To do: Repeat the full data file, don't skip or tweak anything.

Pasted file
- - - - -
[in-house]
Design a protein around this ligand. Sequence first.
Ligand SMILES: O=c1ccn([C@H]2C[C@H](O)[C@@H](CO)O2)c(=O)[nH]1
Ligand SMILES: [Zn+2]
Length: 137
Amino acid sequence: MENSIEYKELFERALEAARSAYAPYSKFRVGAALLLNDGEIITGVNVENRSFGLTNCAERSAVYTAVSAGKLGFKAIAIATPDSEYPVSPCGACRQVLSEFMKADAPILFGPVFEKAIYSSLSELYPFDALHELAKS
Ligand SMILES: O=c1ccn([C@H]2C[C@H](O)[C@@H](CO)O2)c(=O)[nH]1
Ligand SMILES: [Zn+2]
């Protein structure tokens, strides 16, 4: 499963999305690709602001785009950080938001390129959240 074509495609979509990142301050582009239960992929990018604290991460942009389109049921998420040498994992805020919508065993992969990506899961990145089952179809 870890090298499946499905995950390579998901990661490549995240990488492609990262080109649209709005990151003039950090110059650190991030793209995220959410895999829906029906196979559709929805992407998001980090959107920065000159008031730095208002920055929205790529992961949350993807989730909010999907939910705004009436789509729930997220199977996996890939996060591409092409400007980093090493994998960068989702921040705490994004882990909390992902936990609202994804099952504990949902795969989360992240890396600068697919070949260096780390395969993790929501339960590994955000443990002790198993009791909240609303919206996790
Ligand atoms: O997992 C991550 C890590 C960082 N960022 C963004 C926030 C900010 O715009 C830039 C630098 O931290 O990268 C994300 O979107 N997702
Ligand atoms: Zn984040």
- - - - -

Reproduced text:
[in-house]
Design a protein around this ligand. Sequence first.
Ligand SMILES: O=c1ccn([C@H]2C[C@H](O)[C@@H](CO)O2)c(=O)[nH]1
Ligand SMILES: [Zn+2]
Length: 137
Amino acid sequence: MENSIEYKELFERALEAARSAYAPYSKFRVGAALLLNDGEIITGVNVENRSFGLTNCAERSAVYTAVSAGKLGFKAIAIATPDSEYPVSPCGACRQVLSEFMKADAPILFGPVFEKAIYSSLSELYPFDALHELAKS
Ligand SMILES: O=c1ccn([C@H]2C[C@H](O)[C@@H](CO)O2)c(=O)[nH]1
Ligand SMILES: [Zn+2]
């Protein structure tokens, strides 16, 4: 499963999305690709602001785009950080938001390129959240 074509495609979509990142301050582009239960992929990018604290991460942009389109049921998420040498994992805020919508065993992969990506899961990145089952179809 870890090298499946499905995950390579998901990661490549995240990488492609990262080109649209709005990151003039950090110059650190991030793209995220959410895999829906029906196979559709929805992407998001980090959107920065000159008031730095208002920055929205790529992961949350993807989730909010999907939910705004009436789509729930997220199977996996890939996060591409092409400007980093090493994998960068989702921040705490994004882990909390992902936990609202994804099952504990949902795969989360992240890396600068697919070949260096780390395969993790929501339960590994955000443990002790198993009791909240609303919206996790
Ligand atoms: O997992 C991550 C890590 C960082 N960022 C963004 C926030 C900010 O715009 C830039 C630098 O931290 O990268 C994300 O979107 N997702
Ligand atoms: Zn984040």